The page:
The NYT's Green Inc blog has a post on a concentrating solar PV (CPV) project at a California University - Concentrating Photovoltaic Project Under Way at California College.
The nation’s first big concentrating photovoltaic power plant is under construction in the California desert.
SolFocus, a Silicon Valley startup, is building the one-megawatt solar farm for Victor Valley College in Victorville, a desert community northeast of Los Angeles.
The company builds large solar panels that contain small mirrors that concentrate sunlight onto tiny, high-efficiency solar cells. Though more expensive than conventional solar cells, they use a fraction of the silicon and produce more electricity. That means less land is needed for a SolFocus power plant than one deploying conventional photovoltaic panels.
The SolFocus panels are mounted on trackers that follow the sun throughout the day. While SolFocus has built power plants in Europe, the California project is its first solar farm in the United States. Victor Valley College selected SolFocus after receiving competitive bids from several companies that install conventional photovoltaic panels and thin-film solar systems.
“After reviewing several options for a solar provider, SolFocus demonstrated that it could deliver the best value in solar energy for the college,” Robert Silverman, Victor Valley College’s president, said in a statement. The SolFocus power plant will supply about 30 percent of the college’s overall electricity demand.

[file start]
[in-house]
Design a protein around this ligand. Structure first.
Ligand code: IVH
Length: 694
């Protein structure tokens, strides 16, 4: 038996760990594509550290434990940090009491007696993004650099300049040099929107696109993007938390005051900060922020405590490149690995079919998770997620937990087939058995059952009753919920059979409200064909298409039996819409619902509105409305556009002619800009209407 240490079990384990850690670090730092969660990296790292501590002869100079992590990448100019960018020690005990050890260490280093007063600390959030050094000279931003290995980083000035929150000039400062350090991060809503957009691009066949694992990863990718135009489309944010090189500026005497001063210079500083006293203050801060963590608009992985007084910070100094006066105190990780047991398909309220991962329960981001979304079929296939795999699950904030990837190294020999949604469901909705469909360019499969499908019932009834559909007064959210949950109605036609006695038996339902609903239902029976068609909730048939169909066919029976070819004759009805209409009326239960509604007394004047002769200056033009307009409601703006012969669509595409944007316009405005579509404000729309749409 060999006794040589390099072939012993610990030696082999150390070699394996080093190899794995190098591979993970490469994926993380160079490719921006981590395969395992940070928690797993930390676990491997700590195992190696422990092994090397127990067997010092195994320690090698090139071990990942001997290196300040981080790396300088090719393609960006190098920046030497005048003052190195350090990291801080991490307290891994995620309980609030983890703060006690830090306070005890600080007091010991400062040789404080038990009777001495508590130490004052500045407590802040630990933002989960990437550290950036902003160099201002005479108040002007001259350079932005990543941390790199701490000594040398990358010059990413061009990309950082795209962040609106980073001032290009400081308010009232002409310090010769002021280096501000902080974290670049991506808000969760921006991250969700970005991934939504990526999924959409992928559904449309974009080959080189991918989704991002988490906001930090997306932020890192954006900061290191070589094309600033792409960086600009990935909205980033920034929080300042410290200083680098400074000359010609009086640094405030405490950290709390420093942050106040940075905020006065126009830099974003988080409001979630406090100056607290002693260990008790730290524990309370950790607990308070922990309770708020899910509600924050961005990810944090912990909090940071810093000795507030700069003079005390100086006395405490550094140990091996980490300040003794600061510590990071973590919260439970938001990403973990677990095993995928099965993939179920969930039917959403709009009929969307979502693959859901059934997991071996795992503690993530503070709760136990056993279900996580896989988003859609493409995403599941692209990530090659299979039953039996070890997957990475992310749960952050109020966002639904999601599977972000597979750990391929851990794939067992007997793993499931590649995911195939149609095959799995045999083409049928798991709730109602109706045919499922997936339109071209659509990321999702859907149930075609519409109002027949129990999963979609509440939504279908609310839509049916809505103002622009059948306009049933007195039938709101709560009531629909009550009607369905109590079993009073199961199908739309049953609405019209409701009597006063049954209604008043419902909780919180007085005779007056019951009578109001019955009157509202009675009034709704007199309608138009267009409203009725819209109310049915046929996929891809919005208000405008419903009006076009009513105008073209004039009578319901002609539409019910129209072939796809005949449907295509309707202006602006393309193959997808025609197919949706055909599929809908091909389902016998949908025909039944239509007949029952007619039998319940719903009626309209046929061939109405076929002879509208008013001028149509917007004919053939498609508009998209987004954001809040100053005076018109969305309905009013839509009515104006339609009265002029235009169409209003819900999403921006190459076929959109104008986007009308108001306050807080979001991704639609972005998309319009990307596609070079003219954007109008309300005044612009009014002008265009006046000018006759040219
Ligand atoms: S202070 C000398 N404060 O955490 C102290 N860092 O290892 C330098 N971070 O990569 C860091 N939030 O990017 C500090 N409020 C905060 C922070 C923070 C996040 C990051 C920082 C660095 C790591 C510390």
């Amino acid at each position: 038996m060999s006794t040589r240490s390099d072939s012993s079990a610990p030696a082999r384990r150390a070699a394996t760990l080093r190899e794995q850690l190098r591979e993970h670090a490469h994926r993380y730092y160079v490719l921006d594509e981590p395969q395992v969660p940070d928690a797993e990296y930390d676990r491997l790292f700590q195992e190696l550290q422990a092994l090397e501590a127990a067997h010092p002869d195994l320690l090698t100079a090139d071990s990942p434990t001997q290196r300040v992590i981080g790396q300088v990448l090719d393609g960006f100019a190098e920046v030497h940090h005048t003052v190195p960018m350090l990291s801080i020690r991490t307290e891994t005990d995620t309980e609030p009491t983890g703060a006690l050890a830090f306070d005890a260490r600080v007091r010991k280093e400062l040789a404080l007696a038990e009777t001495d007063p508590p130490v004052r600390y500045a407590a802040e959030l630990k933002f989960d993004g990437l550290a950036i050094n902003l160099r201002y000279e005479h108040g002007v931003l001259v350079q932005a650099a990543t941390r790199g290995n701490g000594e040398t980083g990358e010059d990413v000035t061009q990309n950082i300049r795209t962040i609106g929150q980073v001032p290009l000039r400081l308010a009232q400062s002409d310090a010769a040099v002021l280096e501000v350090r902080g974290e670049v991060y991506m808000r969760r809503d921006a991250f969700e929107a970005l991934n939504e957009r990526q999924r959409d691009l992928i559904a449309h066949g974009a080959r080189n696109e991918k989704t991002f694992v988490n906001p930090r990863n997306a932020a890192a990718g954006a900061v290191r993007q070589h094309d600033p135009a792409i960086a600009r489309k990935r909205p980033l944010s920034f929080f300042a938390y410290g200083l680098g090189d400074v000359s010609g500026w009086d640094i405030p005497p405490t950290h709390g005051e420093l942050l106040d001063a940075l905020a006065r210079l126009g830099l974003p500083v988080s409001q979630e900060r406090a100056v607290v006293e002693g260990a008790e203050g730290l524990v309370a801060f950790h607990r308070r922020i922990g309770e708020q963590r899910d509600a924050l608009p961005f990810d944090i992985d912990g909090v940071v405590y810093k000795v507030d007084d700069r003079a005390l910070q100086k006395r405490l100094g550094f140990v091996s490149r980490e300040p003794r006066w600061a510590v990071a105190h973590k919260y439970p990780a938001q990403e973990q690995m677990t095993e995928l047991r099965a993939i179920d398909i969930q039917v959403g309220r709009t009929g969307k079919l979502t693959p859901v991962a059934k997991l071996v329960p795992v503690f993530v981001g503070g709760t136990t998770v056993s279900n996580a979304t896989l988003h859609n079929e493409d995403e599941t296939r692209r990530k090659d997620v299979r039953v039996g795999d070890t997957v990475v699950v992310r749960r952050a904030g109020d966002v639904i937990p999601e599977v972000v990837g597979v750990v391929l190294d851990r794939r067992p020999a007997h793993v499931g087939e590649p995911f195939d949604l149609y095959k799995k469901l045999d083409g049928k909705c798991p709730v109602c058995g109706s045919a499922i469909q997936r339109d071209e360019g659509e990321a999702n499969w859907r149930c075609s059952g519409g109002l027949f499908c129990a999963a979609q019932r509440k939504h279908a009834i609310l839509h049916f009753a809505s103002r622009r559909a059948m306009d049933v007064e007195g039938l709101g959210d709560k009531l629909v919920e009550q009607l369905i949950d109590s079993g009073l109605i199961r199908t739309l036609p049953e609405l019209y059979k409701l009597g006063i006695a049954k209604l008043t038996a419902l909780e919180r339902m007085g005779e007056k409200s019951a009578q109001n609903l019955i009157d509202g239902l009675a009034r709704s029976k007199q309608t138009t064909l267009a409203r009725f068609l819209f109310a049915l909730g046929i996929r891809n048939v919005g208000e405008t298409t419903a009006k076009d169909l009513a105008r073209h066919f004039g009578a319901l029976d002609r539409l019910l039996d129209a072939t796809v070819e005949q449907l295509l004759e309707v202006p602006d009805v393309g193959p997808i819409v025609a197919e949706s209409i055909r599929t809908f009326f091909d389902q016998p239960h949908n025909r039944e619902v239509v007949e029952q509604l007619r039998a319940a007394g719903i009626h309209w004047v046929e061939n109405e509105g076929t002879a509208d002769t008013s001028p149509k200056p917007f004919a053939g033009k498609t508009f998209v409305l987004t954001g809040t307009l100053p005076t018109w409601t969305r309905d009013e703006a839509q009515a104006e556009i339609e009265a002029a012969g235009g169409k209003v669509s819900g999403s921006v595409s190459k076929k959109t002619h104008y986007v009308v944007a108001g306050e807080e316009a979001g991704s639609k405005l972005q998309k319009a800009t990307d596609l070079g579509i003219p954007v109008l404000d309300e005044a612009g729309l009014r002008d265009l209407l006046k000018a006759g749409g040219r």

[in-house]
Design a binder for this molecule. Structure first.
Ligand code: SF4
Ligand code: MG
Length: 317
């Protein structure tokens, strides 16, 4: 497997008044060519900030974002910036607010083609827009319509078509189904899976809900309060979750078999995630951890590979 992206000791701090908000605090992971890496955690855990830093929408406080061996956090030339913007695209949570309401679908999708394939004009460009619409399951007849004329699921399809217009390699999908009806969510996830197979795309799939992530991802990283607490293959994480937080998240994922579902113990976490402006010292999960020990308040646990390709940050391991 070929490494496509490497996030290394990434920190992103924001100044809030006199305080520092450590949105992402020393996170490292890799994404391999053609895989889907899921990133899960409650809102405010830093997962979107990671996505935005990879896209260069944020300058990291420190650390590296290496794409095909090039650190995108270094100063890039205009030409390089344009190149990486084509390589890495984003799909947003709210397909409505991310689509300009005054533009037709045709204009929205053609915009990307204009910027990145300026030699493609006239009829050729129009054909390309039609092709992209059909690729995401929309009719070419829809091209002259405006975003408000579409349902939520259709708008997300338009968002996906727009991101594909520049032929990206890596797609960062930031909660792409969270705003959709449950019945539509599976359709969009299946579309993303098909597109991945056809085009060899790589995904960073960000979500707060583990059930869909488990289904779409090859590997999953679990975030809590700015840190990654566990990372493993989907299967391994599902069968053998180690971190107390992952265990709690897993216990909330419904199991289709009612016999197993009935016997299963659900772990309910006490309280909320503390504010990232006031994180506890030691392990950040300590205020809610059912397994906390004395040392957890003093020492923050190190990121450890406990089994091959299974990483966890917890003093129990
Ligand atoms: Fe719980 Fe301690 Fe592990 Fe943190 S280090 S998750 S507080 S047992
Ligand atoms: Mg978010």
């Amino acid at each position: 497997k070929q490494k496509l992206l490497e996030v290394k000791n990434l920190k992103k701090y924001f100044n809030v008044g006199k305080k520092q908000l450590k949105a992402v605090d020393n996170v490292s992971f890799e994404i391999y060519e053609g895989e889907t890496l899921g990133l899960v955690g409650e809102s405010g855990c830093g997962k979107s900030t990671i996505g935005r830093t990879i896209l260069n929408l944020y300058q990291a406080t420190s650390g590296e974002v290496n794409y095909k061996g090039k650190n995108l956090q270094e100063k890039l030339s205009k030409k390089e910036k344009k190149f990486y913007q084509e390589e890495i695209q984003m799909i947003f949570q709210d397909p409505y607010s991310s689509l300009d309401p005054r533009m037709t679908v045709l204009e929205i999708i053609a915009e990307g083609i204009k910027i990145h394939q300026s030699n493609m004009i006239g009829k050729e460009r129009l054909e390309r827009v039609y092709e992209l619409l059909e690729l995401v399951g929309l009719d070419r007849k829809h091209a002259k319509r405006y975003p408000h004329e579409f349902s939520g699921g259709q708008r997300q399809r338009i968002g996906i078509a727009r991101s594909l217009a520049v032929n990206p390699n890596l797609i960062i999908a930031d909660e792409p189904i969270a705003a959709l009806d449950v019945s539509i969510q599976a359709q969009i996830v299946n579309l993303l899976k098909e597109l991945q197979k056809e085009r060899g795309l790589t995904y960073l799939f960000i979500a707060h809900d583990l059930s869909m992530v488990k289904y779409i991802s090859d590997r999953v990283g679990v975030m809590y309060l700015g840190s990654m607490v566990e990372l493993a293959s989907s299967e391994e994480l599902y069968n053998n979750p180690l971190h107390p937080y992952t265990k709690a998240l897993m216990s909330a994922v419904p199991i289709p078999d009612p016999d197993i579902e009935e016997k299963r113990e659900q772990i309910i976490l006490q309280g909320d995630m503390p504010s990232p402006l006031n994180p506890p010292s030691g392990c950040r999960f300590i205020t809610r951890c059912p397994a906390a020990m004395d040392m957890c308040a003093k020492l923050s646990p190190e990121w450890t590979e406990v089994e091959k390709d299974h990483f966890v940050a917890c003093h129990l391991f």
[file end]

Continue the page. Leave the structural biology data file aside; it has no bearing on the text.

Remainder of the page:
SolFocus’ technology needs strong, direct sunlight to maximize electricity production. “If this deployment had been in somewhere in Northern California or Washington or Oregon, we probably wouldn’t have won the battle,” said Nancy Hartsoch, a vice president of marketing at SolFocus. Ms. Hartsoch added that in desert regions, the company’s technology generates electricity at prices competitive with traditional photovoltaic panels.
The 122-panel arrays will cover six acres at the college and the project is expected to be completed by early May. Ms. Hartsoch said SolFocus also has two other megawatt-size power plants undergoing permitting in the desert that have not yet been announced.